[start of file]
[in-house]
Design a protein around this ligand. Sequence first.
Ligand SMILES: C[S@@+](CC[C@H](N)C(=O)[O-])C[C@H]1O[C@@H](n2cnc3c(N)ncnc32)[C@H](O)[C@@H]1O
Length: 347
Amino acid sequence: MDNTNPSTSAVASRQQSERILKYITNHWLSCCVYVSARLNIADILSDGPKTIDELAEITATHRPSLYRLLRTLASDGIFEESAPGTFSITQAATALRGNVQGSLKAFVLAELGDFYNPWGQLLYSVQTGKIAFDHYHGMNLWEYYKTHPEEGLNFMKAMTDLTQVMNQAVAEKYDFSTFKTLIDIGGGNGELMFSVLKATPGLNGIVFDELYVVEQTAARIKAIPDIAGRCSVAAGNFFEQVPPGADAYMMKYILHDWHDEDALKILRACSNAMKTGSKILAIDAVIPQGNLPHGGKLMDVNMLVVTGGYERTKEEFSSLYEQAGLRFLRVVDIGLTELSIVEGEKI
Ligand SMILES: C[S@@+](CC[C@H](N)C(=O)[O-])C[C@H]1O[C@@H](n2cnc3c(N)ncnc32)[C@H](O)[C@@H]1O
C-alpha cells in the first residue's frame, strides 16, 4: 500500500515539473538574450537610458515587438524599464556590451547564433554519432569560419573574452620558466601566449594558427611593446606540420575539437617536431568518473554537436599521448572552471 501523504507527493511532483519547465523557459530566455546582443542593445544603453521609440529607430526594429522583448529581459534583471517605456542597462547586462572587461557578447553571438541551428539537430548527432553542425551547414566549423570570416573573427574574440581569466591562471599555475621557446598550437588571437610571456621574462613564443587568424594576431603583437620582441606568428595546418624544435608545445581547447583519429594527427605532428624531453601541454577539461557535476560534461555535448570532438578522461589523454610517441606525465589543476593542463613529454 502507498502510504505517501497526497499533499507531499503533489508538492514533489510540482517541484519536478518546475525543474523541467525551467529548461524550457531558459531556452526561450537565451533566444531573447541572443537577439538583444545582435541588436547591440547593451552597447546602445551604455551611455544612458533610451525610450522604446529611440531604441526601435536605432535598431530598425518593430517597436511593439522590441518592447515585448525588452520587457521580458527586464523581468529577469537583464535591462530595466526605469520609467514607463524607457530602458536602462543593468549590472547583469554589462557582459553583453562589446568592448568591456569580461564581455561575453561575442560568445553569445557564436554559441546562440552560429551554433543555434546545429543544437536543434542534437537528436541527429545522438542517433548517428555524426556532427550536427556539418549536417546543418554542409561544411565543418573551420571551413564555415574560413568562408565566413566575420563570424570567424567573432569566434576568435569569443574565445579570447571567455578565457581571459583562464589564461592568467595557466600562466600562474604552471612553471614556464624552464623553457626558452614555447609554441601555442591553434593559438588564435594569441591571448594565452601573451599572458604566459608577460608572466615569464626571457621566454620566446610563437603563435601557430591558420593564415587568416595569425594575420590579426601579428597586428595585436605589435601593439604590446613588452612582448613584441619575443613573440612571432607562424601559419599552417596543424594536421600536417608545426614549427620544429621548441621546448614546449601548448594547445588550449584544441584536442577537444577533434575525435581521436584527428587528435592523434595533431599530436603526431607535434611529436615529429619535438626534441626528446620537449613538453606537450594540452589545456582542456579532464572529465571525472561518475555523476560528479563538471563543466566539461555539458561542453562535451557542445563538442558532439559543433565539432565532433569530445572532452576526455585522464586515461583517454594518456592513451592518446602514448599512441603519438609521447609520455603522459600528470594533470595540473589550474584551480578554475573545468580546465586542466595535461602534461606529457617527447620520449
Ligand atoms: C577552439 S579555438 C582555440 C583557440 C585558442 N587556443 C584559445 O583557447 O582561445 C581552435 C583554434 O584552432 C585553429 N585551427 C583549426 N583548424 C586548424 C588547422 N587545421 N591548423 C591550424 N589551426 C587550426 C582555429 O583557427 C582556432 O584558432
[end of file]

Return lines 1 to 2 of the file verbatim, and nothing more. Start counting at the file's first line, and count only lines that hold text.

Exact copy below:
[in-house]
Design a protein around this ligand. Sequence first.